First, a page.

Cryptocurrency exchange, Bitfinex today announced that users on its platform will now be able to purchase cryptocurrency directly in the App with bank cards after it has inked a partnership with Canadian payments firm Nuvei.
The collaboration also leverages Nuvei’s infrastructure proprietary fraud and risk management tools through integration with its subsidiary, Simplex.
Announced today, the agreement will give Bitfinex a fiat onramp to conduct and settle crypto transactions, a grey area of business where a gauntlet of KYC requirements and other regulations kick in.
Israeli-based Simplex combines crypto payment processing with fraud prevention technology. It also enables merchants to accept diverse payment methods, including credit card deposits and purchases, with zero exposure to chargeback risk. The service caters to different market participants including exchanges, brokers, wallet and liquidity providers.
Nuvei acquired Simplex earlier this year in a $250 million cash deal.
“Our proprietary platform offers seamless pay-in and payout capabilities, connecting merchants with their customers in 204 markets, with support for more than 500 local and alternative payment methods, plus nearly 210 currencies and 100 crypto assets,” said Nimrod Lehavi, CEO and Co-founder of Simplex.
“Our mission has always been to increase the accessibility of digital tokens and provide an optimal trading experience for our growing customer base,” added Paolo Ardoino, CTO at Bitfinex.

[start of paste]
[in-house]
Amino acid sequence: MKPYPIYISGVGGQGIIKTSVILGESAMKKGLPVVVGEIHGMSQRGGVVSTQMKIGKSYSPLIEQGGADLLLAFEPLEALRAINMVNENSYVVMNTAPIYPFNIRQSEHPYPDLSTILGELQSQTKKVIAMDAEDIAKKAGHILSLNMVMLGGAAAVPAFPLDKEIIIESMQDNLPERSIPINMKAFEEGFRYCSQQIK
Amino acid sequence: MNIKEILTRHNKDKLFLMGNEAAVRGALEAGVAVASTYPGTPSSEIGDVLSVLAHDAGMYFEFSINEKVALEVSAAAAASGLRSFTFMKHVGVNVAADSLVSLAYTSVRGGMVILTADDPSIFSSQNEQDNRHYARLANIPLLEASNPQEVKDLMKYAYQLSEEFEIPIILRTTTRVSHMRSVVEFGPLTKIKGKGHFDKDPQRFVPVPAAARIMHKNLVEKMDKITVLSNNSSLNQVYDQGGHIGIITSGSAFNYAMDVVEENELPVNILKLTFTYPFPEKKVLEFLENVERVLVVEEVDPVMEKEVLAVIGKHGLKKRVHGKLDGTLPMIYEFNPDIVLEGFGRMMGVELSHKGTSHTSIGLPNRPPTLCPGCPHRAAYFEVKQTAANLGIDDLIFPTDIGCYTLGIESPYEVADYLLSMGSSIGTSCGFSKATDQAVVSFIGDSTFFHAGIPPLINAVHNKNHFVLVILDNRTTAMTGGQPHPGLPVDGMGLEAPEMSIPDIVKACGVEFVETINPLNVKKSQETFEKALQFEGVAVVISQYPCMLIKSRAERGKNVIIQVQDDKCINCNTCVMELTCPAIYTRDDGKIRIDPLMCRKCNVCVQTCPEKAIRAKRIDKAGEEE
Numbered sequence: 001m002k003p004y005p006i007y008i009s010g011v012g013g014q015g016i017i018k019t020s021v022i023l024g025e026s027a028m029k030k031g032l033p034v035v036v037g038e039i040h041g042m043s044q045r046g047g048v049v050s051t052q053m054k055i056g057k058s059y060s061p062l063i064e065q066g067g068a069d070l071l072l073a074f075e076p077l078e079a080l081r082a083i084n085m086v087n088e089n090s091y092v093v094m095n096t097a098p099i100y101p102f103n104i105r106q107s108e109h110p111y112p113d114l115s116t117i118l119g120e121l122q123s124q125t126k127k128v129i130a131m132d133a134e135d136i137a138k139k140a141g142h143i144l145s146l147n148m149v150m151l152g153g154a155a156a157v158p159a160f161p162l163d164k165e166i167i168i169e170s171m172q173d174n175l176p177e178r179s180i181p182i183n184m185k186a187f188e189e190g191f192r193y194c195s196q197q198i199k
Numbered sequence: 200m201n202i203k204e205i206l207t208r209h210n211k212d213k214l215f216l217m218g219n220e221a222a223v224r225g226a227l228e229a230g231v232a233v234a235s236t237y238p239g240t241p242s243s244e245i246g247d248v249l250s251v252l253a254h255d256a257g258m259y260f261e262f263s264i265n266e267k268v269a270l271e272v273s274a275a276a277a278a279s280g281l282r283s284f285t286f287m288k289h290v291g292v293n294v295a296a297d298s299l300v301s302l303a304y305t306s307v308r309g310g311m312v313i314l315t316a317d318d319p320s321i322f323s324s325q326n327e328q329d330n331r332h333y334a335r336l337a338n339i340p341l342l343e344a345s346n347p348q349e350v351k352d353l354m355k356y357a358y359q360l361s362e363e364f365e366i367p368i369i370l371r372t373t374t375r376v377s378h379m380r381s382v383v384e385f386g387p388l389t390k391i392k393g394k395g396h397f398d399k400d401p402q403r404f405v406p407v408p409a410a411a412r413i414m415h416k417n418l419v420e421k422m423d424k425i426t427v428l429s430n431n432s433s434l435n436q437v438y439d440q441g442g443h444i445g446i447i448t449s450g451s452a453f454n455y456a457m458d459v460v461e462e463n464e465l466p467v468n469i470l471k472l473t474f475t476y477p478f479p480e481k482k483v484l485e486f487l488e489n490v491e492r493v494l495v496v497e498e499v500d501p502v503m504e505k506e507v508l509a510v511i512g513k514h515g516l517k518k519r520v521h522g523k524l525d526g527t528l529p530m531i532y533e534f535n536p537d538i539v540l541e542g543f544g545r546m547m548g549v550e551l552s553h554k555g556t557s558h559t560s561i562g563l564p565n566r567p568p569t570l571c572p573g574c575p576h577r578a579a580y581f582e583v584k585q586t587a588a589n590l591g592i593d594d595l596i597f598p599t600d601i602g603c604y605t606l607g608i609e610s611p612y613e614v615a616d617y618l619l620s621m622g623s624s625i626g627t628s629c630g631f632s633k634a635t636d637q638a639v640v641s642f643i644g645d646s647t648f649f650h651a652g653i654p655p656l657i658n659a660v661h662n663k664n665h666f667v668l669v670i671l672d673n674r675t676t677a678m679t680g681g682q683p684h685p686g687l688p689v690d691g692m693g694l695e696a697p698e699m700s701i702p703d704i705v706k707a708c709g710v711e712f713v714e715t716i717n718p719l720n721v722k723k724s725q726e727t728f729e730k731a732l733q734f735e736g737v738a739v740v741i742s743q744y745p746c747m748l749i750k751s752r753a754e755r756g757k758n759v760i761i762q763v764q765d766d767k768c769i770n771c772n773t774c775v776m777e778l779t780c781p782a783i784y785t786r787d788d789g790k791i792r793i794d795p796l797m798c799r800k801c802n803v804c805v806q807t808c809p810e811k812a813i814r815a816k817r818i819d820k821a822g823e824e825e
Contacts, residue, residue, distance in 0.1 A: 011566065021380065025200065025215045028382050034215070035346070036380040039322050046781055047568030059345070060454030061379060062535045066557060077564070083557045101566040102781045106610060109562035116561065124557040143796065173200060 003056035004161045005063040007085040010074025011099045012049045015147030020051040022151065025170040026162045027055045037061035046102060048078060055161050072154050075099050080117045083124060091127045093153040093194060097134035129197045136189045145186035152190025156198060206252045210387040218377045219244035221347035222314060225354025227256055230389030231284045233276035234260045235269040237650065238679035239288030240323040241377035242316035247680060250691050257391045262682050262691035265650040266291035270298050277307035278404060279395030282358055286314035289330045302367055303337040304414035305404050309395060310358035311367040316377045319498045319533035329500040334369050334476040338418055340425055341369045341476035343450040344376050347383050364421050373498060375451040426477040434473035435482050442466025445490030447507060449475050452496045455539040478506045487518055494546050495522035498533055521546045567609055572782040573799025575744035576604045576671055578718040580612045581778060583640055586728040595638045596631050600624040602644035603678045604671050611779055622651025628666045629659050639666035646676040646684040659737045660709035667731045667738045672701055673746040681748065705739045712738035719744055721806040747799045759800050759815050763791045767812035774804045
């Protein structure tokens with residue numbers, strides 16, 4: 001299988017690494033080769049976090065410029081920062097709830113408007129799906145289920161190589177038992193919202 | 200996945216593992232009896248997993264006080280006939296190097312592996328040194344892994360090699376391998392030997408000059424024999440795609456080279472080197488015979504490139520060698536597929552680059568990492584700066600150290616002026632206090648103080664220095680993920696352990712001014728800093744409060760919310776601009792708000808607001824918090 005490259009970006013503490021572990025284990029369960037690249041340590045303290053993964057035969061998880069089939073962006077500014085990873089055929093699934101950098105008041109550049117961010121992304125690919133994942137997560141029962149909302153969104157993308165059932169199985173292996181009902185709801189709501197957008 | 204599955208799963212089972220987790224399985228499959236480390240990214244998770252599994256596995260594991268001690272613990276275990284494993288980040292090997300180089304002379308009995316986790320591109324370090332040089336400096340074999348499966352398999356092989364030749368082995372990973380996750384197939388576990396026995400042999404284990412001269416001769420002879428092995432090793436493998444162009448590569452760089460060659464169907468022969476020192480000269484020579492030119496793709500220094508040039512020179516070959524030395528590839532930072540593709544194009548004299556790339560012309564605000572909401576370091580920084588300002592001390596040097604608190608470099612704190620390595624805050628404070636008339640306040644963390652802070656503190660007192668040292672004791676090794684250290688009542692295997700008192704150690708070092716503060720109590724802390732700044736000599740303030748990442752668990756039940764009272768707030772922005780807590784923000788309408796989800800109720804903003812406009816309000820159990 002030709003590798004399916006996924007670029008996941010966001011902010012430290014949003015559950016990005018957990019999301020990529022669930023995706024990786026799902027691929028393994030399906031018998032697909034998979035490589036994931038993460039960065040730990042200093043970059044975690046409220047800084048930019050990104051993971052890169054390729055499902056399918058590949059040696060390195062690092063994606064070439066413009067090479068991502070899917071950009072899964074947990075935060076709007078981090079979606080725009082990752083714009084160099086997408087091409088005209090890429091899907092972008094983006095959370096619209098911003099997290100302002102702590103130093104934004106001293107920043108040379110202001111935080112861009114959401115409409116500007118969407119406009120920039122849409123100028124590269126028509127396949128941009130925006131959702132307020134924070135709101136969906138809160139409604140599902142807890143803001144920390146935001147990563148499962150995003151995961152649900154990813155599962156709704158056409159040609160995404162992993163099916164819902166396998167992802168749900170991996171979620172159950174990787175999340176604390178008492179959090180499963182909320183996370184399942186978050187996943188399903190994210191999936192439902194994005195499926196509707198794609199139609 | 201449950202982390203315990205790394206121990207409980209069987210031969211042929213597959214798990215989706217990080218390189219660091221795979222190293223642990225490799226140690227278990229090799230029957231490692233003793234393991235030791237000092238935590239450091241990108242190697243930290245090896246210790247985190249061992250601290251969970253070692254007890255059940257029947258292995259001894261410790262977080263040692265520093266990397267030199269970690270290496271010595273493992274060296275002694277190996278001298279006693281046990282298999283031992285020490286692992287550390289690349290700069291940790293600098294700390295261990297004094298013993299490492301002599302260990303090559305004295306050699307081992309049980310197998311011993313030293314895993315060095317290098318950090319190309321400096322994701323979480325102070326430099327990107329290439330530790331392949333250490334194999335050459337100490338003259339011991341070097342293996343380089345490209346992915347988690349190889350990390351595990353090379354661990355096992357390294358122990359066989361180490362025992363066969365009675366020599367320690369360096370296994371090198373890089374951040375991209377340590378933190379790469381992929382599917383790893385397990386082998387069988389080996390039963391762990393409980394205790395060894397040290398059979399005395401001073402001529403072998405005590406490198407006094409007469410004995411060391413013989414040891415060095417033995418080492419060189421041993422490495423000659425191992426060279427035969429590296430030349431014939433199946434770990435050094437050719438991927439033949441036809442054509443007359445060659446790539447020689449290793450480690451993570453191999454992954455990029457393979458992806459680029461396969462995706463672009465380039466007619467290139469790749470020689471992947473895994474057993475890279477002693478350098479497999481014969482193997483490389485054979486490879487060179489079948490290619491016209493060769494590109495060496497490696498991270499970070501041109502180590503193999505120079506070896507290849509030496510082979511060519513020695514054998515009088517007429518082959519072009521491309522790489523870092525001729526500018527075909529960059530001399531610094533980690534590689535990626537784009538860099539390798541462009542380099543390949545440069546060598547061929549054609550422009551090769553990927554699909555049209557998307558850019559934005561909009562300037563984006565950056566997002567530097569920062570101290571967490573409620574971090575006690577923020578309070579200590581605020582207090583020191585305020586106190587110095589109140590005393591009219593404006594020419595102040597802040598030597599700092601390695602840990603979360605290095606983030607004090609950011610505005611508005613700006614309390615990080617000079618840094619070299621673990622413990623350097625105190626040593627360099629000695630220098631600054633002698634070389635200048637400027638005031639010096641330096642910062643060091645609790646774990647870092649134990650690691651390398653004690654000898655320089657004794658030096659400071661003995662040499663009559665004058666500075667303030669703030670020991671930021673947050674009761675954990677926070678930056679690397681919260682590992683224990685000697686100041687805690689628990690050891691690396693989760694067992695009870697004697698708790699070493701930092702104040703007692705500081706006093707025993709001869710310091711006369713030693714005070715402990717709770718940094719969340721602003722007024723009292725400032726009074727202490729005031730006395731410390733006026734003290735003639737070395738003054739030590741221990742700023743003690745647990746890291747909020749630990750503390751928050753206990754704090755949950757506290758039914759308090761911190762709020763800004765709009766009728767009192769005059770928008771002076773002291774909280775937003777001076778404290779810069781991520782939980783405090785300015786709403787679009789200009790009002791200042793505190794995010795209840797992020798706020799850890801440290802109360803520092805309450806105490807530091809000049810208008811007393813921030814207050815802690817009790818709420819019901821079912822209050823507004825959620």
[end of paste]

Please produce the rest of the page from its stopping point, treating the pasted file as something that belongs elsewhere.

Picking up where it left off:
Founded in 2014, Simplex has already signed partnerships with leading crypto exchanges, including Binance and Huobi, among others, to enable users to buy cryptocurrencies with their credit cards. Most recently, it has signed mobile wallet provider Broxus to facilitate buying of bitcoin and ether directly via Telegram.
Although the exact details of the partnership were not disclosed, Simplex often charges 3.5 percent of a transaction, with a $10 minimum purchase amount. The company also applies various restrictions, including a $20,000 maximum for daily transactions when using a credit or debit card, as well as a $50,000 maximum monthly limit.
Earlier this month, the US Commodity Futures Trading Commission (CFTC) settled a nearly two-year investigation into the finances and corporate practices of Tether and Bitfinex.
The stablecoin issuer and its associated crypto exchange agreed to pay a $42 million fine to resolve a closely-watched legal dispute about Tether’s fiat reserves.
The derivatives regulator said the USDT stablecoin was not fully backed at all times by fiat currencies as its issuer had been advertising since its launch in 2014. In fact, Tether conflated its cash holdings with unsecured debts and non-fiat assets. The reported reserves also included funds held by third-parties, as well as the loan it had given to Bitfinex when the exchange needed help responding to a “liquidity crisis.”
For its part, Bitfinex was fined $1.5 million for offering cryptocurrency trading to US investors without having authorization to do so. The CFTC said Tether’s sister platform “executed illegal, off-exchange financed retail commodity transactions with U.S. persons” during a period of two years between 2016 and 2018.